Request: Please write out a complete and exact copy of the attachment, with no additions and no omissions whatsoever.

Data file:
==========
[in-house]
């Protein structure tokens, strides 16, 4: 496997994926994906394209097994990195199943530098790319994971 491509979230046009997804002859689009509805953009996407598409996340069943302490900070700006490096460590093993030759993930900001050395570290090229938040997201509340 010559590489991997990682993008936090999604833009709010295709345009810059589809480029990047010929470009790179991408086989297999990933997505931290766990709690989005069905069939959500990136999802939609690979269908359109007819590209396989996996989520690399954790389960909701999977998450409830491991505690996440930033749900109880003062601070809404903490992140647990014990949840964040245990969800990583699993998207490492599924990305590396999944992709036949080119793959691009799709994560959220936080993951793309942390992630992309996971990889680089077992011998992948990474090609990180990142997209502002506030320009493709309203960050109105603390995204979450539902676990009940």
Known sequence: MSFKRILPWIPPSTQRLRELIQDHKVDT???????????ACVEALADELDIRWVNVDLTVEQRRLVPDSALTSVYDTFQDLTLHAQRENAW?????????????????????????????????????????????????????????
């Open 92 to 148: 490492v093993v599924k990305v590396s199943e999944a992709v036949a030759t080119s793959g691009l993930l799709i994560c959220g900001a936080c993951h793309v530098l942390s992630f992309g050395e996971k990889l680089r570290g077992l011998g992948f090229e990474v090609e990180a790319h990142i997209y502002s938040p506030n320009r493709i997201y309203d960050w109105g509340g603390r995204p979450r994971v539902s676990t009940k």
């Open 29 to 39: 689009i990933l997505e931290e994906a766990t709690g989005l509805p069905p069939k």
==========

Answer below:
[in-house]
């Protein structure tokens, strides 16, 4: 496997994926994906394209097994990195199943530098790319994971 491509979230046009997804002859689009509805953009996407598409996340069943302490900070700006490096460590093993030759993930900001050395570290090229938040997201509340 010559590489991997990682993008936090999604833009709010295709345009810059589809480029990047010929470009790179991408086989297999990933997505931290766990709690989005069905069939959500990136999802939609690979269908359109007819590209396989996996989520690399954790389960909701999977998450409830491991505690996440930033749900109880003062601070809404903490992140647990014990949840964040245990969800990583699993998207490492599924990305590396999944992709036949080119793959691009799709994560959220936080993951793309942390992630992309996971990889680089077992011998992948990474090609990180990142997209502002506030320009493709309203960050109105603390995204979450539902676990009940």
Known sequence: MSFKRILPWIPPSTQRLRELIQDHKVDT???????????ACVEALADELDIRWVNVDLTVEQRRLVPDSALTSVYDTFQDLTLHAQRENAW?????????????????????????????????????????????????????????
């Open 92 to 148: 490492v093993v599924k990305v590396s199943e999944a992709v036949a030759t080119s793959g691009l993930l799709i994560c959220g900001a936080c993951h793309v530098l942390s992630f992309g050395e996971k990889l680089r570290g077992l011998g992948f090229e990474v090609e990180a790319h990142i997209y502002s938040p506030n320009r493709i997201y309203d960050w109105g509340g603390r995204p979450r994971v539902s676990t009940k």
């Open 29 to 39: 689009i990933l997505e931290e994906a766990t709690g989005l509805p069905p069939k």